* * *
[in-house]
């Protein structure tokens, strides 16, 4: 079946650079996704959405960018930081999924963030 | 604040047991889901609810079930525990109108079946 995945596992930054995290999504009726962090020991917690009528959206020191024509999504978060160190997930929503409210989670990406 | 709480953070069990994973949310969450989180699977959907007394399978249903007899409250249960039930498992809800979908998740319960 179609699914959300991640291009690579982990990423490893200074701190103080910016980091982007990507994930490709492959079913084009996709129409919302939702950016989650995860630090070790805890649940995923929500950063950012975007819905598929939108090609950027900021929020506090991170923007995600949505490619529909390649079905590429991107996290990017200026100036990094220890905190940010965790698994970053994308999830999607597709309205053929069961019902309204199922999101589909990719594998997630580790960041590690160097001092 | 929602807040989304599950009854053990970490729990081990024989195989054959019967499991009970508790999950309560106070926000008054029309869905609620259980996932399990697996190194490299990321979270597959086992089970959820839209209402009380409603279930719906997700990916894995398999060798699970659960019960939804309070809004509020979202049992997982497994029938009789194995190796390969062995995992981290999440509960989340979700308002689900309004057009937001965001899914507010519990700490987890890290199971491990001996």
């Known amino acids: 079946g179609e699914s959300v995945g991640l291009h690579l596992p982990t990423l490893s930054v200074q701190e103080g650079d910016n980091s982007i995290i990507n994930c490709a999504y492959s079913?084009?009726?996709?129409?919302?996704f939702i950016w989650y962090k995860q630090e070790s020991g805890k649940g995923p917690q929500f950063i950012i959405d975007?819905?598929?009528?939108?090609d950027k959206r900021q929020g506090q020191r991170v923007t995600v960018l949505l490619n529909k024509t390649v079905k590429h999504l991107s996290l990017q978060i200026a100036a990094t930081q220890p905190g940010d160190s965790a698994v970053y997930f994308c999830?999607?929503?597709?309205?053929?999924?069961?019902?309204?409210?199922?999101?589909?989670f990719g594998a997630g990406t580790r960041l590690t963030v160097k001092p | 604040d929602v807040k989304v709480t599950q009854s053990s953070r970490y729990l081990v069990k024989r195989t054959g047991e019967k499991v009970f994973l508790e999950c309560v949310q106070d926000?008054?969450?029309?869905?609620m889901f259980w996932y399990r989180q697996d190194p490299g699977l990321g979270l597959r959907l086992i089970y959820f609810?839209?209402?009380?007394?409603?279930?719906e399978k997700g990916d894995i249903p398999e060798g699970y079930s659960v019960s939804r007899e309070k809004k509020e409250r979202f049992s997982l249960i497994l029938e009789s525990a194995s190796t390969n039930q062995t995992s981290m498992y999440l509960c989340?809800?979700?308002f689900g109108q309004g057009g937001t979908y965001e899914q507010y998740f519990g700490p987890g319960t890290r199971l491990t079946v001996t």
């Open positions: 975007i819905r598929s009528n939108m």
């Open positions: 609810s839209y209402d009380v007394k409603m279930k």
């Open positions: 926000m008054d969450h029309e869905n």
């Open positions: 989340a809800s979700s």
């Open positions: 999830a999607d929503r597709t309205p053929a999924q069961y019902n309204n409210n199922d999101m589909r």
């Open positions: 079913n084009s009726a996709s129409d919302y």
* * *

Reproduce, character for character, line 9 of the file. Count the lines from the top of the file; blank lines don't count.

């Open positions: 079913n084009s009726a996709s129409d919302y």